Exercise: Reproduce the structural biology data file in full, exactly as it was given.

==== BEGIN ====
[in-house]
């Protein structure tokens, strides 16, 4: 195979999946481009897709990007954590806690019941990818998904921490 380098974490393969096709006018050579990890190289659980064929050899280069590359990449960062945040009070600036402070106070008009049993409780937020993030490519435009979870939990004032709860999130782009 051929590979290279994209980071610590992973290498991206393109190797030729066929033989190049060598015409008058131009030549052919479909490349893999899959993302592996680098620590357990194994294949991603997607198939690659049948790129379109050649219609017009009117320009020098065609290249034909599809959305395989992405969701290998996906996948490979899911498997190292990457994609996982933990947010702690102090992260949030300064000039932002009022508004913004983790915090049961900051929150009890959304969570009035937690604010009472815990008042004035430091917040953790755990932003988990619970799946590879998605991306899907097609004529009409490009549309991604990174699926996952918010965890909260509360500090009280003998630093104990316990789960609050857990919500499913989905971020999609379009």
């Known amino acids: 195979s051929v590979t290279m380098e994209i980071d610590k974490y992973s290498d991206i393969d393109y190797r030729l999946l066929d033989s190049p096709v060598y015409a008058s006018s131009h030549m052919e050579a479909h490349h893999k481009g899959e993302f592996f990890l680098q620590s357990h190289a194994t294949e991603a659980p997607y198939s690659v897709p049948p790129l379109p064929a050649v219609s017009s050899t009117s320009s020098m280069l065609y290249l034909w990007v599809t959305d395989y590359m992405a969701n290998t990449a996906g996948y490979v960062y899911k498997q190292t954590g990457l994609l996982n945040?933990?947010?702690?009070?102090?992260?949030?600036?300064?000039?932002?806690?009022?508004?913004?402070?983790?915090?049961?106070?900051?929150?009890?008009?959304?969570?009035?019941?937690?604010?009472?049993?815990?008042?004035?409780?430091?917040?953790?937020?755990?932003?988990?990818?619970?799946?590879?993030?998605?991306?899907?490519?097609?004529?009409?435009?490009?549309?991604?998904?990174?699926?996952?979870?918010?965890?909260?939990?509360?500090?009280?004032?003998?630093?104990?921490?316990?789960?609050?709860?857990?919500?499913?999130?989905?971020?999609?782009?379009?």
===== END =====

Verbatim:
[in-house]
């Protein structure tokens, strides 16, 4: 195979999946481009897709990007954590806690019941990818998904921490 380098974490393969096709006018050579990890190289659980064929050899280069590359990449960062945040009070600036402070106070008009049993409780937020993030490519435009979870939990004032709860999130782009 051929590979290279994209980071610590992973290498991206393109190797030729066929033989190049060598015409008058131009030549052919479909490349893999899959993302592996680098620590357990194994294949991603997607198939690659049948790129379109050649219609017009009117320009020098065609290249034909599809959305395989992405969701290998996906996948490979899911498997190292990457994609996982933990947010702690102090992260949030300064000039932002009022508004913004983790915090049961900051929150009890959304969570009035937690604010009472815990008042004035430091917040953790755990932003988990619970799946590879998605991306899907097609004529009409490009549309991604990174699926996952918010965890909260509360500090009280003998630093104990316990789960609050857990919500499913989905971020999609379009």
């Known amino acids: 195979s051929v590979t290279m380098e994209i980071d610590k974490y992973s290498d991206i393969d393109y190797r030729l999946l066929d033989s190049p096709v060598y015409a008058s006018s131009h030549m052919e050579a479909h490349h893999k481009g899959e993302f592996f990890l680098q620590s357990h190289a194994t294949e991603a659980p997607y198939s690659v897709p049948p790129l379109p064929a050649v219609s017009s050899t009117s320009s020098m280069l065609y290249l034909w990007v599809t959305d395989y590359m992405a969701n290998t990449a996906g996948y490979v960062y899911k498997q190292t954590g990457l994609l996982n945040?933990?947010?702690?009070?102090?992260?949030?600036?300064?000039?932002?806690?009022?508004?913004?402070?983790?915090?049961?106070?900051?929150?009890?008009?959304?969570?009035?019941?937690?604010?009472?049993?815990?008042?004035?409780?430091?917040?953790?937020?755990?932003?988990?990818?619970?799946?590879?993030?998605?991306?899907?490519?097609?004529?009409?435009?490009?549309?991604?998904?990174?699926?996952?979870?918010?965890?909260?939990?509360?500090?009280?004032?003998?630093?104990?921490?316990?789960?609050?709860?857990?919500?499913?999130?989905?971020?999609?782009?379009?």